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Effects of Dietary Nutrient Content, Feeding Period, and Feed Allowance on Juvenile Olive Flounder Paralichthys olivaceus at Different Feeding Period and Ration
Effects of Dietary Nutrient Content, Feeding Period, and Feed Allowance on Juvenile Olive Flounder Paralichthys olivaceus at Different Feeding Period and Ration
Fisheries and aquatic sciences. 2014. Dec, 17(4): 441-448
Copyright © 2014, The Korean Society of Fisheries and Aquatic Science
This is an Open Access article distributed under the terms of the Creative Commons Attribution Non-Commercial Licens (http://creativecommons.org/licenses/by-nc/3.0/)which permits unrestricted non-commercial use, distribution, and reproduction in any medium, provided the original work is properly cited.
  • Received : May 05, 2014
  • Accepted : August 08, 2014
  • Published : December 31, 2014
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About the Authors
Byeng-Hak Kim
Southwest Sea Fisheries Research Institute, National Fisheries Research and Development Institute, Yeosu 556-823, Korea
Sung Hwoan Cho
Division of Marine Environment and BioScience, College of Ocean Science and Technology, Korea Maritime and Ocean University, Busan 606-791, Korea
chosunh@kmou.ac.kr
Abstract
We examined the effects of dietary nutrient content, feeding period, and feed allowance on compensatory growth, food use, chemical composition, and serum chemistry of juvenile olive flounder Paralichthys olivaceus . We placed 720 juvenile fish into 24 400-L flow-through round tanks (30 fish per tank). A 2 × 2 × 2 factorial design (diet: control (C) and high protein and lipid (HPL) × feeding period: 8 and 6 weeks × feed allowance: 100% and 90% of satiation) was applied. Fish were hand-fed twice daily, based on the designated feeding schedule. Weight gain and food consumption were affected by both the feeding period and feed allowance, but not by diet. The food efficiency ratio was not affected by diet, feeding period, or feed allowance, but the protein efficiency ratio and protein retention were affected by diet and feeding period, respectively. We found that the full compensatory growth of fish was not achieved at a restricted feeding allowance.
Keywords
Introduction
Olive flounder Paralichthys olivaceus is one of the most commercially important marine fish species for aquaculture in Eastern Asia. Many studies have therefore focused on various aspects of olive flounder growth, e.g., dietary nutrient requirements ( Lee et al., 2002 ; Kim and Lee, 2004 ), feeding regimes ( Kim et al., 2002 ; Cho and Cho, 2009 ; Abolfathi et al., 2012 ; Cho, 2012 ), dietary alternative animal and/or plant protein sources for fishmeal ( Sato and Kikuchi, 1997 ; Kikuchi, 1999a , 1999b ) and dietary additives ( Lee et al., 1998 ; Kim et al., 2006 ).
Dietary nutrient requirements of fish must be satisfied for effective growth ( Lee et al., 2000a , 2000b , 2002 ); they vary depending on several factors such as the fish species ( Yamamoto et al., 2007 ), fish size ( Page and Andrews, 1973 ; Tacon and Cowey, 1985 ), and water temperature ( Balarin and Haller, 1982 ; Iwata et al., 1994 ; Peres and Oliva-Teles, 1999 ). Feeding regimes also affect fish performance largely ( Chatakondi and Yant, 2001 ; Gaylord et al., 2001 ; Wu et al., 2003 ; Kankanen and Pirhonen, 2009 ). For example, in earlier studies ( Cho, 2005 ; Cho et al., 2006a ), we found that juvenile olive flounders subjected to food deprivation for 2 weeks still achieved full compensatory growth over 8-week trials.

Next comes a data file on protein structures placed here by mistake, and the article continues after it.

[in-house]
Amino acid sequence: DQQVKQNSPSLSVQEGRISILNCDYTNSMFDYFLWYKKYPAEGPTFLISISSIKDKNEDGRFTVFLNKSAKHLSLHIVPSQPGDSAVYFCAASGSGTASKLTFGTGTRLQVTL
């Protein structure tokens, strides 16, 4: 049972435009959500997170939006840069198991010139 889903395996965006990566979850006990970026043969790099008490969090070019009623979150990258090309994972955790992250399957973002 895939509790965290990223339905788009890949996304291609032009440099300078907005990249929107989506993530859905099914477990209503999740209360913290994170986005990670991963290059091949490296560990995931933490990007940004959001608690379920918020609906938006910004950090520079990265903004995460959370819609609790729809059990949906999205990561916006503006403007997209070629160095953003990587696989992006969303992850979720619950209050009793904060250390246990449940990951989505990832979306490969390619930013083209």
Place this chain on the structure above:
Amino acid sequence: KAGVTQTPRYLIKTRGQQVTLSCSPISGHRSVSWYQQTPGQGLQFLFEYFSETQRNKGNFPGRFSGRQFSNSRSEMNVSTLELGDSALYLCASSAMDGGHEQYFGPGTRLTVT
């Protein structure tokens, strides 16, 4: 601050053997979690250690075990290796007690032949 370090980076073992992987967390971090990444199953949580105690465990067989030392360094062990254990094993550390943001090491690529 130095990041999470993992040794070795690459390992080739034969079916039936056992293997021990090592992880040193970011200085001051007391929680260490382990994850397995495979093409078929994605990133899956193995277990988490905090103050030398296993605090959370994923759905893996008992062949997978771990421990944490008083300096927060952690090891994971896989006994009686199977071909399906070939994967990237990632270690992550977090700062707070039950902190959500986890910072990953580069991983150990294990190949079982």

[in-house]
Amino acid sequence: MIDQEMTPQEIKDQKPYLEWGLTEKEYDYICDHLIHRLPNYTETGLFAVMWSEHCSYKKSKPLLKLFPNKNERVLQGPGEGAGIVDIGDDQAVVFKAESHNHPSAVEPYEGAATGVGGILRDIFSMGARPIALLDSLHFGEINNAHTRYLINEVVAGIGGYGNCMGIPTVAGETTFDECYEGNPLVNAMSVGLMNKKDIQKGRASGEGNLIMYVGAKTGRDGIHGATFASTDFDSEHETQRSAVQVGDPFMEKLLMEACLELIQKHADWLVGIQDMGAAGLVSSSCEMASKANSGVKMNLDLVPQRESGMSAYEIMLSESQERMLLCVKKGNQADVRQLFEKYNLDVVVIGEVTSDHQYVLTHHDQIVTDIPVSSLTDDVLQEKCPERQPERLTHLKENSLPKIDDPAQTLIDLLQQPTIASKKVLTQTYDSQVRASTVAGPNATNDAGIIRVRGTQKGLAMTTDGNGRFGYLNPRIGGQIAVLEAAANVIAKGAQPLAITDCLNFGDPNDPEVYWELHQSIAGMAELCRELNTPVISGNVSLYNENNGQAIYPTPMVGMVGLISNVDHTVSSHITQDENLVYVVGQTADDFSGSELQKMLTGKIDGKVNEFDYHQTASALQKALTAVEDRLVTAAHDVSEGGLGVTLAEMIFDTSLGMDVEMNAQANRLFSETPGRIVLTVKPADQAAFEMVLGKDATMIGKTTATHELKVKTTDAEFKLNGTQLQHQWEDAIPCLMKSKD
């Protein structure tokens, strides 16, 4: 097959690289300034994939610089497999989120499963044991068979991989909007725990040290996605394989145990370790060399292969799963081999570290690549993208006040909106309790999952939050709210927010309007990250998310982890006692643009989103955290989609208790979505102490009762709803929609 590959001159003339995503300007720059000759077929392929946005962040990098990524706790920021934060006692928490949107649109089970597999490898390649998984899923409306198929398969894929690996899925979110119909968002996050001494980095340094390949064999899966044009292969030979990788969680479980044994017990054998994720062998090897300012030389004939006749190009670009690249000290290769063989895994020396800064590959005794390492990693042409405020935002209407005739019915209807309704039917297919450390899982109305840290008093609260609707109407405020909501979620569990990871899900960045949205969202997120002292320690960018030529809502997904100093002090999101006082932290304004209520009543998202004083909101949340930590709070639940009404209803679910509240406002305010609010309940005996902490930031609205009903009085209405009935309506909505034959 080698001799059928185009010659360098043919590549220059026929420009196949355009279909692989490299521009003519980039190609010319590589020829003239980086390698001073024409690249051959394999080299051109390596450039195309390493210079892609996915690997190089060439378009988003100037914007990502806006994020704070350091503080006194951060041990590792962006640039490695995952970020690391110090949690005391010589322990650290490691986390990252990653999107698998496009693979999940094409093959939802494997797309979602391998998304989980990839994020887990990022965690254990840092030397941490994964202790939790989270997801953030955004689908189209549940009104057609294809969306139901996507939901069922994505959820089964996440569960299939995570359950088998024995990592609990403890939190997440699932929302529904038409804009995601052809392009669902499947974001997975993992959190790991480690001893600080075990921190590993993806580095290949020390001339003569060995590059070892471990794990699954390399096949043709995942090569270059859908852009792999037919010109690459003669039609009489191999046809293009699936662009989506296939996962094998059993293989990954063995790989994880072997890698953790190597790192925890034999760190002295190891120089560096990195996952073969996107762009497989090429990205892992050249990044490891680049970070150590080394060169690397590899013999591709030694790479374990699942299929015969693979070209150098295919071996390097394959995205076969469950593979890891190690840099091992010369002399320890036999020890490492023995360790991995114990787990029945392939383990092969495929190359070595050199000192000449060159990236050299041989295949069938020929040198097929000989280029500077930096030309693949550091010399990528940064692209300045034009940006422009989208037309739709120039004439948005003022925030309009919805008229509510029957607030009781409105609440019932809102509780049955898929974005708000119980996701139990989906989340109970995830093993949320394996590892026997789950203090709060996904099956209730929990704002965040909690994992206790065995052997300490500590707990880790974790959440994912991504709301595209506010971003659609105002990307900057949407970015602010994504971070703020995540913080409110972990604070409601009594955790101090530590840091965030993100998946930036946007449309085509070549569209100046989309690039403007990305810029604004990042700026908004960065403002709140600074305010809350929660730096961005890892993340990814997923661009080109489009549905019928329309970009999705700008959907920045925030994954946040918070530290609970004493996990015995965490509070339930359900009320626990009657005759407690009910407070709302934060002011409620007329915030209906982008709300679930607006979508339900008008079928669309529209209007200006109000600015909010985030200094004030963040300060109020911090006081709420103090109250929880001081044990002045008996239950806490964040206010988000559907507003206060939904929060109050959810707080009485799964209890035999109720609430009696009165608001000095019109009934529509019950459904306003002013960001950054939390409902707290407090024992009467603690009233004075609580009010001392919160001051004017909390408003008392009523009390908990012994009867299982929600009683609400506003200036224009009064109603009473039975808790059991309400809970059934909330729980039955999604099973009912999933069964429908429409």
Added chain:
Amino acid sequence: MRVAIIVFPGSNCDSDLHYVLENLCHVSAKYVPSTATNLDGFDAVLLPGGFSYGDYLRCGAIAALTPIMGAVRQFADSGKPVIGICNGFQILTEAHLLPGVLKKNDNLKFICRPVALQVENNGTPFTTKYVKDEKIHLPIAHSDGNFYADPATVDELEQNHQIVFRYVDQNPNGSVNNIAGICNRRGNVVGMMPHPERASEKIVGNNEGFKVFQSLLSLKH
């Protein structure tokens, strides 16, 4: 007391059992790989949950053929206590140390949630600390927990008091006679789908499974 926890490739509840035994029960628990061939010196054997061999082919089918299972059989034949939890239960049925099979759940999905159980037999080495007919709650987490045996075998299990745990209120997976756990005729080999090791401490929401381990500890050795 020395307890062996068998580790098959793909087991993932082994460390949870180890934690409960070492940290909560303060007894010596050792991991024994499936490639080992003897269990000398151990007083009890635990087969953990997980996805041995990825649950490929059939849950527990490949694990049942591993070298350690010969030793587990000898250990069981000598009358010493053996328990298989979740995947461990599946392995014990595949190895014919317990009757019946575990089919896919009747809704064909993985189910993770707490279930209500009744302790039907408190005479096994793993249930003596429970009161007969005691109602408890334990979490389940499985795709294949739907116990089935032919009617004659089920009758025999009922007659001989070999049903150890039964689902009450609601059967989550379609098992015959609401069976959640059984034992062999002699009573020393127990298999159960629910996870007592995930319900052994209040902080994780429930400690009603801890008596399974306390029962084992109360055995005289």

Optimal feed allowance must be considered carefully because they are one of the most critical factors affecting fish performance and one of the highest costs components in fish farming ( Cho et al., 2006b , 2007 ; Kim et al., 2010 ). The optimal daily feed allowance for juvenile olive flounder was reported to be 95% of satiation when fish were fed extruded pellets to satiation twice a day ( Cho et al., 2006b ). However, during restricted feeding, fish generally responded better to high protein and/or lipid diets ( Li and Lovell, 1992 ; Lee et al., 2000b ). Dietary nutrient content also affects fish performance when compensatory growth is achieved after food deprivation ( Gayloard and Gatlin, 2001 ; Cho and Heo, 2011 ).
Therefore, feeding period, feed allowance, dietary nutrient content, and their interactions likely affect fish performance. In this study, we examined the effects of there three factors on compensatory growth, food use, chemical composition, and serum chemistry of juvenile olive.
Materials and Methods
- Oliver flounder and the experimental conditions
Juvenile olive flounder were purchased from a private hatchery, brought to a laboratory, and acclimated for 1 week before the feeding trial. During the acclimation period, fish were fed twice a day with a commercial flounder feed containing 54% crude protein and 11% crude lipid (Suhyupfeed Co., Uiryeong-gun, Gyeongsangnam-do, Korea). We randomly chose 720 juvenile fish (mean initial body weight 6.3 g), and distributed them in 24 400-L flow-through round tanks (water volume 300 L, 30 fish per tank). The flow rate of water into each tank was 10 L/tank/min. We used sand-filtered natural seawater, and aeration was supplied into each tank. Water temperature was monitored daily at 1,500 h and ranged from 11.0 to 21.7°C(mean ± SD: 16.8 ± 2.10°C) and a photoperiod following natural conditions was used.